Todd Lighty and laurie Cohen Hit 11th Ward Goldmine
Remember if you continue to investigate the 11th Ward Corruption and insider deals, you will find Mayor Daley's pals cleaning up on the Taxpayer's dime. A Chicago boat-ride turned a mighty profit for Daley's pals. Read this article, this is real reporting. Patrick McDonough
For insider, park a gold mine
City buys contaminated riverfront property from prominent Daley ally, who pockets more than $1 million in sale
By Laurie Cohen and Todd Lighty | Tribune staff reporters
Mayor Richard Daley took an hourlong boat ride on the Chicago River in fall 1997 and came back with a vision of improving the riverfront in the city's neighborhoods.
Just about that time, Thomas DiPiazza, an ally of Daley's, also took an interest in the riverfront, buying a highly contaminated piece of land that was slated to become a public park under the mayor's plan.
DiPiazza and a partner bought the vacant, odd-shaped property in Daley's native Bridgeport neighborhood for $50,000 in 1998. Six years later, the city paid them $1.2 million for the land.
The investors benefited from ever-escalating appraisals. The final one tripled the land's estimated value after the city broke from its usual practice of valuing land at its current zoning.
DiPiazza's good fortune is a familiar tale of how insiders profit from even the most public-minded projects undertaken by the Daley administration, from wrought-iron fencing to blue-bag recycling.
DiPiazza is a prominent Bridgeport developer whose company sits in the shadows of the White Sox ballpark. He has known Timothy Degnan, a political adviser to the mayor, for 40 years, and the two have teamed up on real estate projects.
It is unclear how or when DiPiazza learned that the land was being eyed by the city for a park.
City officials said they did not tip off DiPiazza about their plans. The Daley administration refused to make city officials available for interviews and insisted that the Tribune submit all questions in writing.
DiPiazza declined to discuss the park. His lawyer, Michael Kralovec, said DiPiazza profited from rising real estate prices in Bridgeport and that the city paid a fair price for the land. Kralovec said it is "silliness" to suggest that DiPiazza was helped by his political connections.
DiPiazza's ties to the Daley administration have come under increasing scrutiny since early this year, when another developer disclosed in a federal lawsuit that DiPiazza was a $1.3 million consultant to the Bridgeport Village housing development. In the suit, Thomas Snitzer alleged that he was punished by City Hall for refusing DiPiazza's demands for more money.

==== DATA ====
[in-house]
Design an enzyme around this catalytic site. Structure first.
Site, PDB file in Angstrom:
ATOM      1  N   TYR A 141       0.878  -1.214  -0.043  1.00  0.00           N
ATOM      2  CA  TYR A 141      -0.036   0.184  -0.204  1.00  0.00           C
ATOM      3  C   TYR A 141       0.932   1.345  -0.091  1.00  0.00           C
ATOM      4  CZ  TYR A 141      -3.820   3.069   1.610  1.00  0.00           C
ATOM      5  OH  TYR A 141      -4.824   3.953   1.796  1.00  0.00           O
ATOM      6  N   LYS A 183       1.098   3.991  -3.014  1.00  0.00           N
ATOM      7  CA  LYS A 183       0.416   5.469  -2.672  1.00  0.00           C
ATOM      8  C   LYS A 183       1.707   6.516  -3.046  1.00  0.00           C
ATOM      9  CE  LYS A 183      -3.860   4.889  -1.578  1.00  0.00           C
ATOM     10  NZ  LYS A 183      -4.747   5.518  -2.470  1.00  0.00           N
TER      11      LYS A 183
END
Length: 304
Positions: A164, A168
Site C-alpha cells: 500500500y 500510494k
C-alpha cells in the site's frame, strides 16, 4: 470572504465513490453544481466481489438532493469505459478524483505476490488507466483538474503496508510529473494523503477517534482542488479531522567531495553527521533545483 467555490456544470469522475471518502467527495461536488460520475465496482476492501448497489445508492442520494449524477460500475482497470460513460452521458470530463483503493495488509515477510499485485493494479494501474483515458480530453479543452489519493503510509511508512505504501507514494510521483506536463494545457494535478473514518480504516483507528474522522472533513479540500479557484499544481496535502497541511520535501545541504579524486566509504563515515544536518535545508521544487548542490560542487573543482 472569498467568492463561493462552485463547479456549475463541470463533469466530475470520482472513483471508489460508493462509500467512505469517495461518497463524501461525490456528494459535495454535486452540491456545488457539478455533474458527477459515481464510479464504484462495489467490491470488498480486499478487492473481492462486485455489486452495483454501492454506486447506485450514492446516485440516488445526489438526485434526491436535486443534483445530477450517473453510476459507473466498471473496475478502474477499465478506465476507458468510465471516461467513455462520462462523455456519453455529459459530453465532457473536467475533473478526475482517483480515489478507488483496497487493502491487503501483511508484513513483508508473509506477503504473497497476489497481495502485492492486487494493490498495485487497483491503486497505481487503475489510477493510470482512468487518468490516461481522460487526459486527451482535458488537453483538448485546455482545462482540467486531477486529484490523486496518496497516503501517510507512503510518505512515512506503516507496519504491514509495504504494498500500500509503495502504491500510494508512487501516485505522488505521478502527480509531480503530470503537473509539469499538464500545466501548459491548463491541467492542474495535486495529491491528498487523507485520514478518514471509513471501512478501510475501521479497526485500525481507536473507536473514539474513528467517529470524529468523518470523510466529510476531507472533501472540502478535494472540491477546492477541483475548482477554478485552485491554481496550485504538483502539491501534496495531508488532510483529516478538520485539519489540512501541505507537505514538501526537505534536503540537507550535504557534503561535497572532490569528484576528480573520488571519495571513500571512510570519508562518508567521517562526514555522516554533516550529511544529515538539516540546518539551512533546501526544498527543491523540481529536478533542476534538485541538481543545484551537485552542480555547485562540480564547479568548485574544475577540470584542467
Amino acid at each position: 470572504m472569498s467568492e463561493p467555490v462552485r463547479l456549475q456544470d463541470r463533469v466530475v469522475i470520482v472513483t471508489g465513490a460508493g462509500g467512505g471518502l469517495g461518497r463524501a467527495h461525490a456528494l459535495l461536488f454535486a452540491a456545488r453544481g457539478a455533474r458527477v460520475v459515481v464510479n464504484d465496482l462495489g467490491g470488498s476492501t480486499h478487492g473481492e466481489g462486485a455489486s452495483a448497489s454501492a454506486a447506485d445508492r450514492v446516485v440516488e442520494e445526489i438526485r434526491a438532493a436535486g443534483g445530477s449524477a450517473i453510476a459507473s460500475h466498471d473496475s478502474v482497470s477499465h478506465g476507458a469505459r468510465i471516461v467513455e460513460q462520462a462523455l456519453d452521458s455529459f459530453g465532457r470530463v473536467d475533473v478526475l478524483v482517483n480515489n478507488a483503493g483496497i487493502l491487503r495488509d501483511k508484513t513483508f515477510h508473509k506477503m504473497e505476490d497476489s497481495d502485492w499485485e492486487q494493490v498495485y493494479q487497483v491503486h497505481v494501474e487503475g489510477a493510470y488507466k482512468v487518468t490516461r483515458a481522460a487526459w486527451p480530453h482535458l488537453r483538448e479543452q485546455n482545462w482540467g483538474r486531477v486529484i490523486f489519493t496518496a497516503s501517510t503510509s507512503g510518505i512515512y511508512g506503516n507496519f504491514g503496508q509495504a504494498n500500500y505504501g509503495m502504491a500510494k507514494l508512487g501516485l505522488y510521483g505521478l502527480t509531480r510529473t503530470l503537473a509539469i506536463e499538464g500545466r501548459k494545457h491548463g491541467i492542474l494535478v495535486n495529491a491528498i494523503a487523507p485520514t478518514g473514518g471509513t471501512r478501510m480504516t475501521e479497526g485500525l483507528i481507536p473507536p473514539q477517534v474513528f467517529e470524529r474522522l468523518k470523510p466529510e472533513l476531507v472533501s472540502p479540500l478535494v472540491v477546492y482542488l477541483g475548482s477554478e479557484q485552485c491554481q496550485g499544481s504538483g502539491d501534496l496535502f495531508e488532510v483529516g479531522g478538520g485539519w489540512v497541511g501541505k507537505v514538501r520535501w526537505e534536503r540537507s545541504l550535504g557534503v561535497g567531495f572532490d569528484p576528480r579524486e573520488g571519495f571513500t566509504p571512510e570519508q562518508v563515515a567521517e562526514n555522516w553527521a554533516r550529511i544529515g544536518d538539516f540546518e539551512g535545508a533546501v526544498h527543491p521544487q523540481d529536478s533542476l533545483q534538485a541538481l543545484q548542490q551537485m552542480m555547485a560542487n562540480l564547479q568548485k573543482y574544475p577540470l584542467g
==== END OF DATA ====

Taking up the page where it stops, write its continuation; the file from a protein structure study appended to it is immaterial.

DiPiazza, 58, is a former city sewer worker who now owns a late-model Bentley and a Ferrari convertible. He has done real estate deals with Daley's friend Fred Barbara, who has made millions hauling garbage for the city. Barbara is a nephew of the late 1st Ward Ald. Fred Roti, long reputed to be organized crime's representative in the City Council. DiPiazza and business partner Richard Ferro are related to the Roti family by marriage.
DiPiazza and Ferro have been frequent contributors to Daley. In February's municipal elections, they pitched in $25,000 to a political fund created by some of the mayor's closest allies to help pro-Daley aldermen.
Though the Bridgeport park is not expected to be ready for visitors for at least two years, the idea originated a decade ago with Daley's boat ride.
After the trip, Daley ordered his staff to come up with a sweeping plan for riverfront improvements. By April 1998, city planners were telling neighbors that the property was destined to be a park.
By then, DiPiazza and Ferro were already working to buy the land. They began negotiating with the packaging company Jefferson Smurfit at the end of 1997, according to Kralovec. They closed the $50,000 deal in May 1998, acquiring the property as an investment.
Snitzer charged in his lawsuit that DiPiazza was tipped off by Degnan, but Kralovec denied the allegation, and a lawyer for Degnan declined to comment.